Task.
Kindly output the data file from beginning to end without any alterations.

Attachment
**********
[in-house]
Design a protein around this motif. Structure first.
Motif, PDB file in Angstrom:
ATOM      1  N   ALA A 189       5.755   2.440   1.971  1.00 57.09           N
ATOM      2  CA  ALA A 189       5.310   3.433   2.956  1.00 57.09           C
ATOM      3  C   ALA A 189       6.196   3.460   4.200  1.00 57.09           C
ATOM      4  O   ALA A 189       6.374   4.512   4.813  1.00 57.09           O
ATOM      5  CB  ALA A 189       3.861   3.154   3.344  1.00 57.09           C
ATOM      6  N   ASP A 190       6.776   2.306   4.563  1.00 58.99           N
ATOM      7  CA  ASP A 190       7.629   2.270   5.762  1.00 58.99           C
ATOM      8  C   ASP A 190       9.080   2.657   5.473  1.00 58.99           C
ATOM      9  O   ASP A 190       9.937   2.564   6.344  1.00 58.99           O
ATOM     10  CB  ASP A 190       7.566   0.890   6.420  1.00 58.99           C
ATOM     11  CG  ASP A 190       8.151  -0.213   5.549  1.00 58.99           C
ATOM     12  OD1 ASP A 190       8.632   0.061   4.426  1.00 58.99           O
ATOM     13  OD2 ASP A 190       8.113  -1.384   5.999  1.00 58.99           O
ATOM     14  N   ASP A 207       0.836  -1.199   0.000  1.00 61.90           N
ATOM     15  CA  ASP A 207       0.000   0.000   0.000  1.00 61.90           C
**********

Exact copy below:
[in-house]
Design a protein around this motif. Structure first.
Motif, PDB file in Angstrom:
ATOM      1  N   ALA A 189       5.755   2.440   1.971  1.00 57.09           N
ATOM      2  CA  ALA A 189       5.310   3.433   2.956  1.00 57.09           C
ATOM      3  C   ALA A 189       6.196   3.460   4.200  1.00 57.09           C
ATOM      4  O   ALA A 189       6.374   4.512   4.813  1.00 57.09           O
ATOM      5  CB  ALA A 189       3.861   3.154   3.344  1.00 57.09           C
ATOM      6  N   ASP A 190       6.776   2.306   4.563  1.00 58.99           N
ATOM      7  CA  ASP A 190       7.629   2.270   5.762  1.00 58.99           C
ATOM      8  C   ASP A 190       9.080   2.657   5.473  1.00 58.99           C
ATOM      9  O   ASP A 190       9.937   2.564   6.344  1.00 58.99           O
ATOM     10  CB  ASP A 190       7.566   0.890   6.420  1.00 58.99           C
ATOM     11  CG  ASP A 190       8.151  -0.213   5.549  1.00 58.99           C
ATOM     12  OD1 ASP A 190       8.632   0.061   4.426  1.00 58.99           O
ATOM     13  OD2 ASP A 190       8.113  -1.384   5.999  1.00 58.99           O
ATOM     14  N   ASP A 207       0.836  -1.199   0.000  1.00 61.90           N
ATOM     15  CA  ASP A 207       0.000   0.000   0.000  1.00 61.90           C